Temperature control - Humidity Sensor

Dear All,

I am a beginner here. I want to make a temperature control using Arduino. Also i need a humidity sensor. I found that DTH11 will do both.

But I also need the temperature to be controlled only through Thermocouple & resistance due to experimental restrictions.

Can anyone suggest me if it is possible to connect a thermocouple and resistance to arduino?

Regards Pushpa

Hello

The answer to both is yes.....

Do you mean a resistance thermometer? For example a platinum resistance thermometer? A PT100 thermometer has a known resistance at a set temperature e.g. a PT100 has a base resistance of 100 Ohms at 25 degrees Celsius or whatever - I can't remember exactly what it is - then there will be a coefficient of change in resistance with temperature. You would need to look these up. By passing a known current through the PT100 you can pick off a voltage, then use the voltage as an analogue input to Arduino. You could use a bit of Nichrome wire, but you would have to do the calibration.

There will be plenty of examples on how to do this.

Platinum resistance thermometry is the gold standard for industrial temperature measurements and I used them a lot, generally on a 4-20mA loop. The downside is that they are expensive. The output is generally linear. They come in 2-wire, 3-wire and 4-wire versions - the 3 and 4-wire versions allow you to compensate for lead resistance.

Thermocouples are also popular and come in many different types and temperature ranges. The biggest problem is that they have complex outputs that are not linear. Plus there are problems when you introduce new junctions i.e. Fe(iron) to copper. Again, widely used in industry, but generally with a thermocouple amplifier to do the hard work. They sometimes need a "cold junction"

If you want wide range accuracy, I would avoid thermocouples

There is a wide choice of alternative IC devices (analogue LM35, digital like Dallas DS18B20) all with pro's and con's. If you have to go down the resistance/thermocouple route then I would find some IC's to do the signal conditioning or you are going to end up with a lot of software maths

Thanks Tigger!

I should really understand many things before I start with.

How much do you think is the starter kit going to help me, if am a novice?

Hello

I you really are starting from scratch, you need to get the very basics going first.

Are you talking about the Arduino starter kit? The kit used to come with a thermistor which works a bit like the platinum resistor, but again. these are non-linear - look up Steinhart–Hart equation.

Get a simple temperature sensor like LM35 or the newer TMP36 - 50-cents. Nice easy analogue to work with, loads of examples (Sparkfun, Hobbytronics) - use that as an analogue input.

Design your sketch to take the temperature readings and make decisions (if...) what to do if the temperature goes under or over the set point (the temperature you want to reach) - look up hysteresis for better control. Set a digital pin to output and you are away. Stick an LED on the pin to see if it's working, but for bigger loads, use a transistor to drive relays etc. BEWARE anything to do with mains power.

There are loads of examples out there or get a copy of Arduino Cookbook or Jeremy Blum's book for thermostat and display examples.

You need to tell us why you have to use thermocouples etc. - you could be making a rod for your back.

PS make sure you know what the output is from your proposed humidity/temperature sensor - some are analogue, some are digital - digital is a whole new ball game, but once mastered, you won't look back.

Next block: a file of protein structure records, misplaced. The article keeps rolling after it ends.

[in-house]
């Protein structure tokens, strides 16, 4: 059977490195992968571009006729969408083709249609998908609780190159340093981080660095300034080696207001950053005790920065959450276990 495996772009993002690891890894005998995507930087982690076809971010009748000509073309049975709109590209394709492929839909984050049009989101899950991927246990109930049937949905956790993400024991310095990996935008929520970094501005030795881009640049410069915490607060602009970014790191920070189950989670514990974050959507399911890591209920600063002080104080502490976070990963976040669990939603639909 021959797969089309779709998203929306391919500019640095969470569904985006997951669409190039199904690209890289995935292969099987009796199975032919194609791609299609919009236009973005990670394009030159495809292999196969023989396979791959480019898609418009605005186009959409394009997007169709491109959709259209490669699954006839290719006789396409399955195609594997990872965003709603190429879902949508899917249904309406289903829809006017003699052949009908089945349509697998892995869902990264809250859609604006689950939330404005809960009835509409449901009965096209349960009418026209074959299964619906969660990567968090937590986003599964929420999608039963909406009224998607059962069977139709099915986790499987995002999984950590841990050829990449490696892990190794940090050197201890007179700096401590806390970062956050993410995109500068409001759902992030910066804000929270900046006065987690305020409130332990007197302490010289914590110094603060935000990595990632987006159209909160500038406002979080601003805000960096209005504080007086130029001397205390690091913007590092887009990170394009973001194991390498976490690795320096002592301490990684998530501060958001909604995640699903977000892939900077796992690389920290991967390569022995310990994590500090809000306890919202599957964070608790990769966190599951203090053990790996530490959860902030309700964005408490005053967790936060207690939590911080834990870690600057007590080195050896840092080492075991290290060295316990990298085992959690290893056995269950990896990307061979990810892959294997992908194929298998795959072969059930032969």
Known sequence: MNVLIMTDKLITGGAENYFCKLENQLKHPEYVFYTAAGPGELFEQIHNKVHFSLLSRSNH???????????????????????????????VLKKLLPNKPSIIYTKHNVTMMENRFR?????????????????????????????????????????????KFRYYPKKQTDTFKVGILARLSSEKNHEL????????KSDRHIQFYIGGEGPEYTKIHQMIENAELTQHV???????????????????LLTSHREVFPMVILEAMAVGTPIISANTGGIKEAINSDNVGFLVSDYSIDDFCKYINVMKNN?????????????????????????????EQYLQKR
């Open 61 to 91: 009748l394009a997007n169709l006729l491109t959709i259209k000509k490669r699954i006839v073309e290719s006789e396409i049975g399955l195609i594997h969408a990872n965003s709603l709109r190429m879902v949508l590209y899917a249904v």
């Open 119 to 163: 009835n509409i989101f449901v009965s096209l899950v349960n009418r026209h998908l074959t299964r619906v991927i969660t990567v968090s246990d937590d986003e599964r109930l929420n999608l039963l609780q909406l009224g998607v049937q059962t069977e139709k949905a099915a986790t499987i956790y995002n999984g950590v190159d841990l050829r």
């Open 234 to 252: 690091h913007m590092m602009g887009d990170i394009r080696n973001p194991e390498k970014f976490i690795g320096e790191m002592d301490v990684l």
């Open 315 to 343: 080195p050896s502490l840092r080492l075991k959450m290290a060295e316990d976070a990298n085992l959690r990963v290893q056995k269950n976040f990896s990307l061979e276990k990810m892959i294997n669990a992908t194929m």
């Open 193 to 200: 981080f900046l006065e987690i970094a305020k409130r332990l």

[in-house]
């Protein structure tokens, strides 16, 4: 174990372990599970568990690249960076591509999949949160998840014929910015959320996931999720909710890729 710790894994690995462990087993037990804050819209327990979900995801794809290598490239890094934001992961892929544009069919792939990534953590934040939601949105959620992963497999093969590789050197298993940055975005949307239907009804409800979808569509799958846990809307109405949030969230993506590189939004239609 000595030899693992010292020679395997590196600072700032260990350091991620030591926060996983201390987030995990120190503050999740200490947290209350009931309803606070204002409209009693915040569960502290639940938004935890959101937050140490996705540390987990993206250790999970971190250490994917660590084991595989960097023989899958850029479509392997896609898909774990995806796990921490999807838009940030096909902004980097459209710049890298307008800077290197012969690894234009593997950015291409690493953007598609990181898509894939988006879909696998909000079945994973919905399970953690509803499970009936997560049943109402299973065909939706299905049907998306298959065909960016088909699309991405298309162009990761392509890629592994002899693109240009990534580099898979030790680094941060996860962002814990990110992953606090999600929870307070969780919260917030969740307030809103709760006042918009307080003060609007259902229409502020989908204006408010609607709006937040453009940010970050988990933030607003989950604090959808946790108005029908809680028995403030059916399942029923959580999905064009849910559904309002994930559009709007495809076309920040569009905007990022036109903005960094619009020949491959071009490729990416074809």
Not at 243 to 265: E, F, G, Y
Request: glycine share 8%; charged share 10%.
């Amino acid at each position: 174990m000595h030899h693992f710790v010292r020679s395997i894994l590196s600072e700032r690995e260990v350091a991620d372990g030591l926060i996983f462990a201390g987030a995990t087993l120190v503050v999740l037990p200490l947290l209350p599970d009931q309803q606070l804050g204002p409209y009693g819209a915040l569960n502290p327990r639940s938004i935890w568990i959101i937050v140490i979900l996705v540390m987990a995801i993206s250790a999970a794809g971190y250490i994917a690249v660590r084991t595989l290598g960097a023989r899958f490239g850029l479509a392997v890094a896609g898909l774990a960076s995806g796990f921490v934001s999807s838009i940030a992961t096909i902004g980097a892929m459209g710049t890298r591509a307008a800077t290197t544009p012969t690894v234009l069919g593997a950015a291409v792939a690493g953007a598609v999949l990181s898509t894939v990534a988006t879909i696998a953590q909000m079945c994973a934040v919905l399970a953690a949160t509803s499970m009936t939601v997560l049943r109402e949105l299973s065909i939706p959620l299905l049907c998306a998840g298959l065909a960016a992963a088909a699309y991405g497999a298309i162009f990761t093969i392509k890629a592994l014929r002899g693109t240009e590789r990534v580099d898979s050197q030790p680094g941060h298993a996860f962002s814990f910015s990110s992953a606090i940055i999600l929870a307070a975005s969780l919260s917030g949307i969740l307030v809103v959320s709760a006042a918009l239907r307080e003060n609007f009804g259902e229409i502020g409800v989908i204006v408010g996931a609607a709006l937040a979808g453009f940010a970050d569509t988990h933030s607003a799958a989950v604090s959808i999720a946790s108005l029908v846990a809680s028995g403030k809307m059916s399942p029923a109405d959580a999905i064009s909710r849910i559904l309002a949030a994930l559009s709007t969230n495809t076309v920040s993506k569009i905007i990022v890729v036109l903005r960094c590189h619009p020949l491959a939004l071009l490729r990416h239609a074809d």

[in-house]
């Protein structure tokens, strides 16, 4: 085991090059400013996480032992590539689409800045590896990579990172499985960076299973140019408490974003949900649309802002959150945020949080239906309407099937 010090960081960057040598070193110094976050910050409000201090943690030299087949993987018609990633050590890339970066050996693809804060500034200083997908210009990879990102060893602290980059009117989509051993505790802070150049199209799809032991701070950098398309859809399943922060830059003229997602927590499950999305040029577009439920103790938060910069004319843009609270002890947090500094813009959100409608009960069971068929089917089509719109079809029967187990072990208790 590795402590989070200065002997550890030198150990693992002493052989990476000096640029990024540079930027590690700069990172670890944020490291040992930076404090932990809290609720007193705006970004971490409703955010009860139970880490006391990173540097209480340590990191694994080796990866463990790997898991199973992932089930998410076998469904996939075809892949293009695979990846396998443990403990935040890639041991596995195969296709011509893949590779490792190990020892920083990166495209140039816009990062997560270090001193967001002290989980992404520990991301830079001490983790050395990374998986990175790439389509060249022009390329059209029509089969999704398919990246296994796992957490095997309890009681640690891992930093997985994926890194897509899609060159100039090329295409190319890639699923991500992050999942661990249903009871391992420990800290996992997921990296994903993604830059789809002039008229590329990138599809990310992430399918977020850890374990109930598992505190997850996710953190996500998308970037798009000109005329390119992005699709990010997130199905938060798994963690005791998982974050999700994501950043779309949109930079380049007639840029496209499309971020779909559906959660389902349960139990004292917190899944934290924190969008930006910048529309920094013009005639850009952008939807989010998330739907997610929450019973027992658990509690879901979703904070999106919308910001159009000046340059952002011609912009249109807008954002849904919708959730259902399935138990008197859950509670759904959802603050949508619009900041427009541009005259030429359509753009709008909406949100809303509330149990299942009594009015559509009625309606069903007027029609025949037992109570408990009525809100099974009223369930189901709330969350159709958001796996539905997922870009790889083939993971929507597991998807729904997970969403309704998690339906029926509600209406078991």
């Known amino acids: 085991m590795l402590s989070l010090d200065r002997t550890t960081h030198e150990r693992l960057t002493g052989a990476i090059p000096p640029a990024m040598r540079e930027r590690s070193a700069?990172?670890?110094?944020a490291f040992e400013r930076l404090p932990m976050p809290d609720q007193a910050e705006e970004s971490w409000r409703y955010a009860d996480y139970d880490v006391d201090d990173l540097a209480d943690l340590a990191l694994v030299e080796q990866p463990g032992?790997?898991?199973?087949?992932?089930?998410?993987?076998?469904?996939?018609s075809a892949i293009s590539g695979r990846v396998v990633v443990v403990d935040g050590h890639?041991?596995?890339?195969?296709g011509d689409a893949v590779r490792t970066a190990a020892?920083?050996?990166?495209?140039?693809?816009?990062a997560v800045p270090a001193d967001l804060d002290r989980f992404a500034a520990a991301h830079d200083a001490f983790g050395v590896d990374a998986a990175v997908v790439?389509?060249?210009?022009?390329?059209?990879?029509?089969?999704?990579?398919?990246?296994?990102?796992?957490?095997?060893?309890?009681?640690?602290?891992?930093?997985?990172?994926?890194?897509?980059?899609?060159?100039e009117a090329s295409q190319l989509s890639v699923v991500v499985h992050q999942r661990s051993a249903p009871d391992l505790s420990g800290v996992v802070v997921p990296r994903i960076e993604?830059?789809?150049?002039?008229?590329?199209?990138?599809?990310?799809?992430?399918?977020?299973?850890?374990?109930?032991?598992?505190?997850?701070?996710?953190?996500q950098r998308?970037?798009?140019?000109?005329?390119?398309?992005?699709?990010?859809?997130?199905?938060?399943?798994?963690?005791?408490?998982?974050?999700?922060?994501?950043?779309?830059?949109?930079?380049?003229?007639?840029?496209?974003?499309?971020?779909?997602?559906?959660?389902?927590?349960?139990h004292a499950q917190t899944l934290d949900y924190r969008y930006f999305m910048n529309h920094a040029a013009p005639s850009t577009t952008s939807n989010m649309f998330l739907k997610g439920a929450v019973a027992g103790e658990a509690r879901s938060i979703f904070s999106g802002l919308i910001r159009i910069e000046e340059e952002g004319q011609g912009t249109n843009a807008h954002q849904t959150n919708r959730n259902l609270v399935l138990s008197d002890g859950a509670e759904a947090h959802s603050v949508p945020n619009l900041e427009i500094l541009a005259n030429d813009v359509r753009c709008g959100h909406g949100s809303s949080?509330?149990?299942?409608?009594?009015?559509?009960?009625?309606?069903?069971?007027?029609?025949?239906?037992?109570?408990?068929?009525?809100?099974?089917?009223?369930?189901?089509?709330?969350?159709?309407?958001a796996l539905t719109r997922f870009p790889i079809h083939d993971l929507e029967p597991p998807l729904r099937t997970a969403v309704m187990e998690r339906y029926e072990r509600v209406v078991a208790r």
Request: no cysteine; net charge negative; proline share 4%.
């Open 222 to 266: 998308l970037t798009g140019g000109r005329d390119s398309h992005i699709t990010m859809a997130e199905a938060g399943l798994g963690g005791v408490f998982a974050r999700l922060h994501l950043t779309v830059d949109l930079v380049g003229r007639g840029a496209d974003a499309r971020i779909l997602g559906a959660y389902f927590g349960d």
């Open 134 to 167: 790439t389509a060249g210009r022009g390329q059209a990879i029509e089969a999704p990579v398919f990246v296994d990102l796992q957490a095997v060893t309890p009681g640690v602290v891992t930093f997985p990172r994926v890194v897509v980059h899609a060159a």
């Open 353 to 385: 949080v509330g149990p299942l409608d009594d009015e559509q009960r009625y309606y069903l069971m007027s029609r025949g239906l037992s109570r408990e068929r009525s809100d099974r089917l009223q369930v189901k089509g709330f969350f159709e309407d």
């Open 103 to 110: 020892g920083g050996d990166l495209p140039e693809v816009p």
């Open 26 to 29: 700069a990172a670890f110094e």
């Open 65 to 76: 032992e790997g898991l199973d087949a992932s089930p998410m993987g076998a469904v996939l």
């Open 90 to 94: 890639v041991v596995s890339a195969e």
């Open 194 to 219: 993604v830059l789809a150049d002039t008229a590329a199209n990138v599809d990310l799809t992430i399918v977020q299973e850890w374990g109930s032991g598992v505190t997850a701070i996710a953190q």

Thanks Tigger!

I am a s/w engr moving to mechatronics. So I may sound crazy with no much ideas here. All I heard about Arduino is through my friend seeing some website, about humidity/temp sensor which uses Arduino DTH11.

But let me tell you what I am supposed to.

I need to measure 1. humidity
2. measure & control temperature. I need to have some 50 deg in my set up. For that I need to use a resistance/thermocouple combo to be effective.
3. I need to automate this on a computer software, mostly using LabView.

Now please tell me, what should I start with? If am a novice, I think I’ll first get a starter kit to practice with. Then how to go with my requirement?

I am not sure if my choice for DTH11 was right?

Hello Pushpa

You are trying to run before you can walk. Arduino is an easy to use MCU(microcontroller unit) based on ATMEL chips. If you are serious about this, you need to get an Arduino Uno Rev 3 or a Uno starter kit. The Uno will easily do what you want to do - MCU's are designed to take inputs like temperature sensors or any sensor, do some maths like scaling and timing and then do outputs to control LED's, relays, anything you like - with the right scaling and enough Arduinos, you could run a nuclear power station.

This Arduino site will give you all the information you need to get started - read the getting started bit.

You still haven't said why you need thermocouple/resistance what? These are not good choices to start with.

Your questions

1) Humidity - get an analogue sensor to start with (Honeywell HIH-4000) 2) Temperature - get an analogue sensor to start with (thermistor, LM35, TMP36) - these are all good for 50-C, but don't push it too much higher. Thermocouples are designed for much higher temperatures like ovens and furnaces. 3) LabView? Steady on - it can be done, but get your Arduino to work first - remember this is an Arduino site, not LabView. Maybe you don't need Arduino at all. DTH11? Get hold of the data sheet and read the spec - if it runs on 5-V and puts out a voltage output, then it would be OK

If you are patient and prepared to do the groundwork, you will get a good grounding in MCU's, BUT it's a huge subject.

Good luck